In a recent Maryland Reporter article, David Ferguson, the executive director of the Maryland Republican Party, counts 158 Republicans and 157 Democrats currently in elected office in county governments in the state. For Ferguson it’s enough of a lead to pronounce Maryland “red” — at least at the local level. I don’t know, sounds pretty purple to me. I mean, 50.2 % isn’t much of a lead, is it? Still, given the dearth of Republicans in the General Assembly and among Maryland’s Congressional representation, it’s a little surprising. But can that strong Republican presence at the county level “trickle up” and change Maryland’s politics statewide?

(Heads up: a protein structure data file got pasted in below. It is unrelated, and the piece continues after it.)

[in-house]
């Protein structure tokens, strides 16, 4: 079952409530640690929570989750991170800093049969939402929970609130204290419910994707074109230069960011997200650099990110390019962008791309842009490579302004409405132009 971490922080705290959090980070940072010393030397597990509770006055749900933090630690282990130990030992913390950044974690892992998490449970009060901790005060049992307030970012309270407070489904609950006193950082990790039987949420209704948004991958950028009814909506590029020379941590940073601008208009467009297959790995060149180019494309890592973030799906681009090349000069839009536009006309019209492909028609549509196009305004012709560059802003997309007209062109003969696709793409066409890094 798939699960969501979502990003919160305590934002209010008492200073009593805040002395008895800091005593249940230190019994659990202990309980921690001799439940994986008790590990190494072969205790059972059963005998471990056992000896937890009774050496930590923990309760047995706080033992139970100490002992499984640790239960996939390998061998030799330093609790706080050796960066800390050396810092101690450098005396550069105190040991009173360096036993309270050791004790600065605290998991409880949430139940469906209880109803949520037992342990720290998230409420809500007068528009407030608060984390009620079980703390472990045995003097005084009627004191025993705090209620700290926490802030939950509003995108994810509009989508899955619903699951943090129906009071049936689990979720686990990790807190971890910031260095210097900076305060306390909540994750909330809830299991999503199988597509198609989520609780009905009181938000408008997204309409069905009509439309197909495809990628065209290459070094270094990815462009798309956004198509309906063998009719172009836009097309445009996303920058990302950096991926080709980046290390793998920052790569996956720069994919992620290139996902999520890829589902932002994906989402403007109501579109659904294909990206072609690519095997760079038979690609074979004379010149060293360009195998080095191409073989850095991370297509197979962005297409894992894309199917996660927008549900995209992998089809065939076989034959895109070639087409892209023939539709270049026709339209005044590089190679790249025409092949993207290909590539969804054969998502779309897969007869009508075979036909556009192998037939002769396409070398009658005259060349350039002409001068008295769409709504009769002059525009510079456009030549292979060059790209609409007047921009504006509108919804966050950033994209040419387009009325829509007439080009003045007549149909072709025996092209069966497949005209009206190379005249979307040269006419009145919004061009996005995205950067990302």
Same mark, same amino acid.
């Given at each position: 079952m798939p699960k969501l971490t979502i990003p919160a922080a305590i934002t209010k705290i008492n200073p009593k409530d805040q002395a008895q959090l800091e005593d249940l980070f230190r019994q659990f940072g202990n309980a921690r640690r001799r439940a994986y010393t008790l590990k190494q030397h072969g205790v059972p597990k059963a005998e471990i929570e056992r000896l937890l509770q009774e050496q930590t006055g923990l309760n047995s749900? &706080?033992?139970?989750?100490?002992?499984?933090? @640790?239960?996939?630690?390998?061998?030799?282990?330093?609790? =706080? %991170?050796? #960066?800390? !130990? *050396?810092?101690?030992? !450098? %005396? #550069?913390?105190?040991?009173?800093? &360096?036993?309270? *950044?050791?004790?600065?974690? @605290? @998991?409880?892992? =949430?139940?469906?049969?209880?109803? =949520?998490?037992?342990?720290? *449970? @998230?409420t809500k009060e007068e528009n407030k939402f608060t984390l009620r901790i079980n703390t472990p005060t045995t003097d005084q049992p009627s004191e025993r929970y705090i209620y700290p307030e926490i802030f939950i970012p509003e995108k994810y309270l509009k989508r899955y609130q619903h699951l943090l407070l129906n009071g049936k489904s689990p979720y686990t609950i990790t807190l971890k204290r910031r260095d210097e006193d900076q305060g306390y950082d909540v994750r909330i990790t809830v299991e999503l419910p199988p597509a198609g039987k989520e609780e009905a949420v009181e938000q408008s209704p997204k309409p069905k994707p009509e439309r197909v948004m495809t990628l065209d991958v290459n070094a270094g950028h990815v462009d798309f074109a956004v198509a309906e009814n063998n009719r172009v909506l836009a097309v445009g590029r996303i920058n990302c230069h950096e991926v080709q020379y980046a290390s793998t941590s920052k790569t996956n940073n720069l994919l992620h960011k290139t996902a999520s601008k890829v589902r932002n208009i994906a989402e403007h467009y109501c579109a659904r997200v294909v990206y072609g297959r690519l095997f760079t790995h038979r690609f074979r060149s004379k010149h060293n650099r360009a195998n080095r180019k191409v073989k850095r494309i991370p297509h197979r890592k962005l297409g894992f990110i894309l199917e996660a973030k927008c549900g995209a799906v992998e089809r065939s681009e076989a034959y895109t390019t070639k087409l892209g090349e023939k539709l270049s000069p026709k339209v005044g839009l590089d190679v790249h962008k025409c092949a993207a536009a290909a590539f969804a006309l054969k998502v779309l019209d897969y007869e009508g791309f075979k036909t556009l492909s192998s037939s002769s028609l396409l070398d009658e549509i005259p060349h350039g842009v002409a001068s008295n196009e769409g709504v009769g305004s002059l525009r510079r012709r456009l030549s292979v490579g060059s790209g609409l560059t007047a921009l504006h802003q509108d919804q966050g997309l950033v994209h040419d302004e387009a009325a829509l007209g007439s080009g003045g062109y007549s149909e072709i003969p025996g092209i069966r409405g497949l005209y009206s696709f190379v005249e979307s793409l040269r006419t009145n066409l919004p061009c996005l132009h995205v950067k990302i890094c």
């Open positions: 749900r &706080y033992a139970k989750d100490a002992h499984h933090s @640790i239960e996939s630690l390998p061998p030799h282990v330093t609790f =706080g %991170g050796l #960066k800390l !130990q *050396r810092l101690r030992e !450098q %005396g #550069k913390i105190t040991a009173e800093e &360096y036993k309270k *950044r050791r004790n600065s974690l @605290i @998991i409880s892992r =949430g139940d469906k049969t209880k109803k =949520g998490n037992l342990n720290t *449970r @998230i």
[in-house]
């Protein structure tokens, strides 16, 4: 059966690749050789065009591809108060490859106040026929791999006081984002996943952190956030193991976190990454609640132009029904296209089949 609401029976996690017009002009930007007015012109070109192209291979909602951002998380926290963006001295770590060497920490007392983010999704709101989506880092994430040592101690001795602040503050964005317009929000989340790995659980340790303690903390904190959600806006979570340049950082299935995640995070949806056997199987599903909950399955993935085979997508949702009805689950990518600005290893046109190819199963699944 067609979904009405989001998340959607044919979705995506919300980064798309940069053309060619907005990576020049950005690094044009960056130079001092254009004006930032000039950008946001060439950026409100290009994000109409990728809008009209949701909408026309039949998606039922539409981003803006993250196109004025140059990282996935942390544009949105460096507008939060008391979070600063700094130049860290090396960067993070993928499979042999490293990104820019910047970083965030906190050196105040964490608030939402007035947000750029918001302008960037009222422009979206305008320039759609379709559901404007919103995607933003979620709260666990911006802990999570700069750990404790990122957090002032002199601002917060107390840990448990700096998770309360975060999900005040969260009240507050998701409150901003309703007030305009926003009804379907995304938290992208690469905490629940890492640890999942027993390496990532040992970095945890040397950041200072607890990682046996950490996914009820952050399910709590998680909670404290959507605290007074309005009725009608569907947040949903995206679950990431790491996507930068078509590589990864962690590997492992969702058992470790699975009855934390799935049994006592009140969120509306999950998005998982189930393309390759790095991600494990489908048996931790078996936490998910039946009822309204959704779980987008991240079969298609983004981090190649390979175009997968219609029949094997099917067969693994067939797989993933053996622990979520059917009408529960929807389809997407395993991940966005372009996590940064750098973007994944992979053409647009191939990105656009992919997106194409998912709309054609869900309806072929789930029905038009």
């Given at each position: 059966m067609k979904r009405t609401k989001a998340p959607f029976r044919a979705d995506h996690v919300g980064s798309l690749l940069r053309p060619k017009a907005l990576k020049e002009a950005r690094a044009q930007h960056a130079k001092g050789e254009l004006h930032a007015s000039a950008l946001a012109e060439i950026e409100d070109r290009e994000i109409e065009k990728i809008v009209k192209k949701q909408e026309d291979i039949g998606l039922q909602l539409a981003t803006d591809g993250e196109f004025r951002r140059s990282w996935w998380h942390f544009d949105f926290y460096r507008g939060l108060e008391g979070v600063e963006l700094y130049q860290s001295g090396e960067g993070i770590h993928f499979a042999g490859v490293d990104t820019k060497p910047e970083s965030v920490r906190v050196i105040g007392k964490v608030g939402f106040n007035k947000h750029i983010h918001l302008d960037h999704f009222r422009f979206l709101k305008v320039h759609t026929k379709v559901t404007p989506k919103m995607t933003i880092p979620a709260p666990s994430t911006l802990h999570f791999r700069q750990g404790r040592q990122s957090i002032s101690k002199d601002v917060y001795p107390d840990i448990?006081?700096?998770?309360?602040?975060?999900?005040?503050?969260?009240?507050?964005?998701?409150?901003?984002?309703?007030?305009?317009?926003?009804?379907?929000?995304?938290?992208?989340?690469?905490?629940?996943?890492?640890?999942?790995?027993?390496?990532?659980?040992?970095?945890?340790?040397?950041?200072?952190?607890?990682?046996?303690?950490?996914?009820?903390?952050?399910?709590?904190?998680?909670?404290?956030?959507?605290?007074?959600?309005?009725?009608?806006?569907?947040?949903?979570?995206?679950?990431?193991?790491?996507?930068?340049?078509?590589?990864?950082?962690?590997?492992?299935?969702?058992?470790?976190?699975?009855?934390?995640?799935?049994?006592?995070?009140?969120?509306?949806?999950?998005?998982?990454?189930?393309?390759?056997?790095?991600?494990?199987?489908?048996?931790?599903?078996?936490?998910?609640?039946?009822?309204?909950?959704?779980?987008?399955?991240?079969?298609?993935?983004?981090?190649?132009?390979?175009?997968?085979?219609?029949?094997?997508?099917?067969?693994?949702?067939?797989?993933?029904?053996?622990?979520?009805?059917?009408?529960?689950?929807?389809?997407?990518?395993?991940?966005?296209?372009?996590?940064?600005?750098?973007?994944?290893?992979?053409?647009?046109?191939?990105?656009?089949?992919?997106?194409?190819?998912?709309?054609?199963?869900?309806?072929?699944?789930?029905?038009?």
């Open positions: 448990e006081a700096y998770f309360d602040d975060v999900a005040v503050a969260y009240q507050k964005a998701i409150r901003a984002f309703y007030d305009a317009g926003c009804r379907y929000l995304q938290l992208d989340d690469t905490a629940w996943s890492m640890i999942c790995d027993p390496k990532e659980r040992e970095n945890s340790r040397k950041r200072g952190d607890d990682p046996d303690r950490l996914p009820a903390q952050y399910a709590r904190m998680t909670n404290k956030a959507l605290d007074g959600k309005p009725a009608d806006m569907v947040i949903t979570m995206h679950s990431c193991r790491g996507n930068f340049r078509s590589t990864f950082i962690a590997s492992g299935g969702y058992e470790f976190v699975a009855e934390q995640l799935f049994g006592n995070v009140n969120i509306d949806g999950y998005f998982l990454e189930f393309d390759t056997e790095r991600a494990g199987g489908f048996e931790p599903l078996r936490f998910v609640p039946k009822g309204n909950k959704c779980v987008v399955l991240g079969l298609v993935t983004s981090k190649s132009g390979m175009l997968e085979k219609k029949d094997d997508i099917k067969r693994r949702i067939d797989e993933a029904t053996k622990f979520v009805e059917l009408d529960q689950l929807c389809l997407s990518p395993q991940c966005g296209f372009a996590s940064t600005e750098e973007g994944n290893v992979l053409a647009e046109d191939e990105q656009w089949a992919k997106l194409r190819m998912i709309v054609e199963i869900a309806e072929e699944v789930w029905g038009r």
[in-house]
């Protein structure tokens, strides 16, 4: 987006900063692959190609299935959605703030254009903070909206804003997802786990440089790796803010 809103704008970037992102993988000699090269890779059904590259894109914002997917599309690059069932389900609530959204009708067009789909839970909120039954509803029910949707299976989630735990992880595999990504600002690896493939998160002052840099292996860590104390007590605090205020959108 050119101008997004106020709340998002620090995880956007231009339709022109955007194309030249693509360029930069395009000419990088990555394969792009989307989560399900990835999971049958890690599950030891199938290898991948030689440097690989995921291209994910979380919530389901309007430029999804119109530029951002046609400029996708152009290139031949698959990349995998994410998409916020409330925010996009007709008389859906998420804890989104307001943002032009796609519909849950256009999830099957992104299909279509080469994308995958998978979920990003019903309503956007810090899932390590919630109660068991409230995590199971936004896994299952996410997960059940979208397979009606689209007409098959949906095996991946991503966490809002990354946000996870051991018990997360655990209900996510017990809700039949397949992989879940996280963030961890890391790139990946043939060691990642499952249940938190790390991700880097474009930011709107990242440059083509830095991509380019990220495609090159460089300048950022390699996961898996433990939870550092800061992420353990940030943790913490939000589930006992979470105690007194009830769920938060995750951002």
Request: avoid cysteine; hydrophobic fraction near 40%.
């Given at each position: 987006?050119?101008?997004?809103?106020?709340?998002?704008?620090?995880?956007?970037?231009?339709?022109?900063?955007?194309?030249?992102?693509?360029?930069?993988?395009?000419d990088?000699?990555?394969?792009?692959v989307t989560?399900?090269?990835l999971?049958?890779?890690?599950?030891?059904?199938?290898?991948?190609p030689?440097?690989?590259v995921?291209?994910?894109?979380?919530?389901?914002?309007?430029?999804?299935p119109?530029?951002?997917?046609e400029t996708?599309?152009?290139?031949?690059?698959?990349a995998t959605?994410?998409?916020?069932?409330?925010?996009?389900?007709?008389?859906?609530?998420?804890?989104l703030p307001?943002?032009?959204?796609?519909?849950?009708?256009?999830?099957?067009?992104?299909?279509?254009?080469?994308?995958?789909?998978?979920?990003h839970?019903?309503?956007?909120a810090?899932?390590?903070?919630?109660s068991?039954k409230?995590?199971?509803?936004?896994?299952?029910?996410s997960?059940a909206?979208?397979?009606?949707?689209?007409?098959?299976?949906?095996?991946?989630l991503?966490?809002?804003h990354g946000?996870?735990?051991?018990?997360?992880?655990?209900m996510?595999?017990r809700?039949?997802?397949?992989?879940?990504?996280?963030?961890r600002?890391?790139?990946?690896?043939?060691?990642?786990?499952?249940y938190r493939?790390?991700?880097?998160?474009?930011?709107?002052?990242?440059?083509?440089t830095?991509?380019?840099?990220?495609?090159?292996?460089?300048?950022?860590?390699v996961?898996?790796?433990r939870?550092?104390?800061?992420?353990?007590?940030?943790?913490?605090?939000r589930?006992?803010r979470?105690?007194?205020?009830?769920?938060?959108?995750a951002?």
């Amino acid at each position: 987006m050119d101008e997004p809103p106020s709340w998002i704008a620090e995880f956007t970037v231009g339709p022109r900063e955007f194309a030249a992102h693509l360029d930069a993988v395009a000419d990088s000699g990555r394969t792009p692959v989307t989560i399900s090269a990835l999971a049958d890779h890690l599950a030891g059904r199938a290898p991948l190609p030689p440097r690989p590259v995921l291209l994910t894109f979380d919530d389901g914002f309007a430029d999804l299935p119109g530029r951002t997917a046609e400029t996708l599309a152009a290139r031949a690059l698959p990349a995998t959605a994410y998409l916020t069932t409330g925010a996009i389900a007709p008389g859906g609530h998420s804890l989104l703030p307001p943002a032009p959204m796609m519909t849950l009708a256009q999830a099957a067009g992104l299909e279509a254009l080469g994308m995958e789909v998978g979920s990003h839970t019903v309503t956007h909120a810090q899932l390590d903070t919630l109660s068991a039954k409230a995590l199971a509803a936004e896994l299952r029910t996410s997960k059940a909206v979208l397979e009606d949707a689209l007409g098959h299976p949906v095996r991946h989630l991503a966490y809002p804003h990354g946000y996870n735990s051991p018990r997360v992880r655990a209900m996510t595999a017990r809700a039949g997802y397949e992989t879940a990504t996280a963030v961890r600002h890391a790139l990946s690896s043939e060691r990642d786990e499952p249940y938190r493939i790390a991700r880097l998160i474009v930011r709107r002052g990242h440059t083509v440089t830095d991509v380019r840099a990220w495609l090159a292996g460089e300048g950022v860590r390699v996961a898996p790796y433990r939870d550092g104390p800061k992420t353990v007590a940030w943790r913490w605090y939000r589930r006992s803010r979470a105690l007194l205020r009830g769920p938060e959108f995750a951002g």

Anti-tax Republican and nationally famous political gridlock-creator Grover Norquist thinks so. At a Reagan Day dinner in Queen Anne’s County a couple weeks ago, he told Republicans that they could “change Maryland,” citing Wisconsin Gov. Scott Walker as an example of just that kind of change. Wisconsin “is a different place than it was two years ago,” Norquist said.
On the one hand, what do we expect him to say — “Maryland’s a lost cause so just give up?” Of course he’s going to be positive. But, looking back at the seemingly unnecessary GOP-strangling Congressional gerrymander Maryland Democrats perpetrated last October, I wonder if Dems are taking this new Republican optimism seriously.
What do you think? Is Maryland destined to turn red?
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